US Secretary of State Rex Tillerson (R) arrives for a photo opportunity with Saudi Foreign Minister Adel al-Jubeir prior to a meeting at the State Department in Washington, DC, on March 23, 2017.
NICHOLAS KAMM / AFP
US Secretary of State Rex Tillerson will meet with NATO members next week in Brussels, officials said Friday, as alliance diplomats worked to nail down the date.
“We are currently planning to hold the meeting of NATO foreign ministers on 31 March. Consultations on scheduling among Allies are ongoing,” a NATO official in Brussels said.
The NATO foreign ministers meeting had been planned for April 5, but that was thrown into chaos on Tuesday when Tillerson revealed he would not be attending. US officials now say Tillerson will head to Brussels on Friday next week.
“The Secretary of State will visit NATO in Brussels, Belgium,” acting State Department spokesman Mark Toner said, without revealing any details of planned meetings.
– Long-planned talks –
Officials suggested that a complicating factor might be the agenda of Britain’s Foreign Secretary Boris Johnson, who might not be able to make it to Brussels on March 31.
On Tuesday, the State Department confirmed that Tillerson would not be able to attend the long-planned April 5 and 6 meeting. Chinese leader Xi Jinping is expected to visit President Donald Trump in the United States in early April, and Tillerson would be expected to attend their meetings.
But his office has not confirmed that engagement, and word that Tillerson would stay away from the NATO talks stirred doubt about US commitment to its allies. NATO member Turkey’s Foreign Minister Mevlut Cavusoglu has already announced that he expects to meet Tillerson in Ankara on Thursday, March 30.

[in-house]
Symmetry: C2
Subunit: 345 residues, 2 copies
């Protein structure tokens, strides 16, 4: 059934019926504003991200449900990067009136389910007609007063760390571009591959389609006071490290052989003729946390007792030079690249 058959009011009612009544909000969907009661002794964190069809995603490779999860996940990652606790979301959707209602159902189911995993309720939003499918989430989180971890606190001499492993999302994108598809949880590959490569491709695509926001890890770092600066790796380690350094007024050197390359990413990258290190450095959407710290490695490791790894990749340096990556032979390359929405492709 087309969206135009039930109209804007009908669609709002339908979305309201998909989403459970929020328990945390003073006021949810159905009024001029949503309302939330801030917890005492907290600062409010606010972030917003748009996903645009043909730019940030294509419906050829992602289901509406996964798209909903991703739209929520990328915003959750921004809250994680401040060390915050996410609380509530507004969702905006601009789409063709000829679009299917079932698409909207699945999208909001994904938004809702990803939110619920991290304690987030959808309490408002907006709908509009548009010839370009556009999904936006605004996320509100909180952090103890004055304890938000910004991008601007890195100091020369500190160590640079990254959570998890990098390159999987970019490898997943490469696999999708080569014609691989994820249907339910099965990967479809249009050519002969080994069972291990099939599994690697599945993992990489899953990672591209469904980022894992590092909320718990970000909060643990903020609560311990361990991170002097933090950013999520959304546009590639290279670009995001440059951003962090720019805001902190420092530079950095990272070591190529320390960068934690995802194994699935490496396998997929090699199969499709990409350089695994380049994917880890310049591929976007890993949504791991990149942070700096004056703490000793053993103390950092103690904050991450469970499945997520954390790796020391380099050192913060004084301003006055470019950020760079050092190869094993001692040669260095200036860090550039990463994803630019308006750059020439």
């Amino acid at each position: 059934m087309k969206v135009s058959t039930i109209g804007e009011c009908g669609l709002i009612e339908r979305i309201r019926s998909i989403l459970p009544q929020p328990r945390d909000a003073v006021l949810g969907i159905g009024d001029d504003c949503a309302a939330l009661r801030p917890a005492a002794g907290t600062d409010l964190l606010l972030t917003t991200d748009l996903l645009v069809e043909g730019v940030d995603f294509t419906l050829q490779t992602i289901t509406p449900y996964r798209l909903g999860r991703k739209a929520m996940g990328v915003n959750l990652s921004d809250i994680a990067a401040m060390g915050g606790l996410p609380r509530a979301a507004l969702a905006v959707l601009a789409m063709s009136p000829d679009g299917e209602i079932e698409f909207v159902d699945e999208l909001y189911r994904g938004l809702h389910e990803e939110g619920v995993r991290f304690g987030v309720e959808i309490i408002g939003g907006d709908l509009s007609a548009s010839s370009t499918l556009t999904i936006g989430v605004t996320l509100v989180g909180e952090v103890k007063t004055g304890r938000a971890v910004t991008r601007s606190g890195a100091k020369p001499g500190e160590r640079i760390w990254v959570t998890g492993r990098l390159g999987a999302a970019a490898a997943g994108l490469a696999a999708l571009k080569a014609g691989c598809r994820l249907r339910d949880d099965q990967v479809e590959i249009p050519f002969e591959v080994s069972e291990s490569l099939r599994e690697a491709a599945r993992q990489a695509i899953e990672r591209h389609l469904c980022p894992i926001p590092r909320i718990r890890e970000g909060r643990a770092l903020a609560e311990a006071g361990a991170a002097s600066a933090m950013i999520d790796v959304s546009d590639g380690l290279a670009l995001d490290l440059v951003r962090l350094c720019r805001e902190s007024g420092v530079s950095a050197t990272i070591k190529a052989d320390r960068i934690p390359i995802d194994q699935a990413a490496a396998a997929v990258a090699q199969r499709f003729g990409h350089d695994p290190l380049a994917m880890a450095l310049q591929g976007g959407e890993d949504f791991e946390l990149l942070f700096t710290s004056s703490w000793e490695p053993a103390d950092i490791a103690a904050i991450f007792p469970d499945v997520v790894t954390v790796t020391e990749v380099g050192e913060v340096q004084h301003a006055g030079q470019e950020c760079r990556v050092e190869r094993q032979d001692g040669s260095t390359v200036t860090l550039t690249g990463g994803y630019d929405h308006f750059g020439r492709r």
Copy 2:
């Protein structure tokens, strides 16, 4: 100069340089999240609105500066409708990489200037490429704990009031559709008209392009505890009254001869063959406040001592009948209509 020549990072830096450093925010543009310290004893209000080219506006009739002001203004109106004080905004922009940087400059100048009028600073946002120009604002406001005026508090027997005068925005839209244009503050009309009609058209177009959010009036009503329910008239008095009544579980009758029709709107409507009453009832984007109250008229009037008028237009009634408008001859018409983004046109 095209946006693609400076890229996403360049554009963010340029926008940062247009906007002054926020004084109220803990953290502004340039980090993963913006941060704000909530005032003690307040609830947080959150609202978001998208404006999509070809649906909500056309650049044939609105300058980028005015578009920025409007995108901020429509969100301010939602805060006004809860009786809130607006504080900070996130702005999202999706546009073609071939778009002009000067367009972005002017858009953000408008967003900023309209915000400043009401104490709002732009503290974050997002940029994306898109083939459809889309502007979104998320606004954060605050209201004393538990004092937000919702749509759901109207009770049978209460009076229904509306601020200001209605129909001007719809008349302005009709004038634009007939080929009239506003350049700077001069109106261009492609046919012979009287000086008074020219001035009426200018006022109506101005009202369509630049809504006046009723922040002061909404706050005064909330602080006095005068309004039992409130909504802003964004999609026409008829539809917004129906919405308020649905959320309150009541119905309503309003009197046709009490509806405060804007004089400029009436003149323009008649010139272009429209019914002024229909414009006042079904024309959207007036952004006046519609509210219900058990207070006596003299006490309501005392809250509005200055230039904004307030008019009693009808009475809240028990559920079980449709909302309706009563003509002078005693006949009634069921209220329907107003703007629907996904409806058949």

Toner said Tillerson would also meet President Recep Tayyip Erdogan during the visit, and “discuss the way forward with our campaign to defeat ISIS in Syria and Iraq”.
After almost two months in the job, Tillerson has yet to appoint a deputy or any assistant secretaries, has largely avoided the media and works with a small inner circle of advisers.
The administration, meanwhile, has been scrambling to reaffirm its commitment to US military alliances after Trump called into question their usefulness during the presidential campaign.
Last week, after meeting Chancellor Angela Merkel, Trump claimed Germany owes “vast sums of money to NATO and the United States,” reviving his charge that allies do not pay their way.
– Obsolete alliance? –
Defense Secretary Jim Mattis, a former Marine general, has declared US support for NATO, and last week Tillerson reaffirmed ties with Asian allies Japan and South Korea.
But Tillerson’s absence from the foreign ministers’ meeting would have been noted with concern, especially by newer East European members on its exposed east flank.
The United States has worked with NATO to shore up support for the pro-western government in Kiev after Russia’s annexation of Crimea and its support for a bloody uprising in eastern Ukraine.
Combined with economic sanctions, the deployment of more NATO troops from Western members to frontline Eastern allies in the Baltics and Poland was intended to send a signal to Moscow.
But during his presidential campaign, Trump raised eyebrows by expressing admiration for Russian President Vladimir Putin and dismissing NATO as “obsolete”.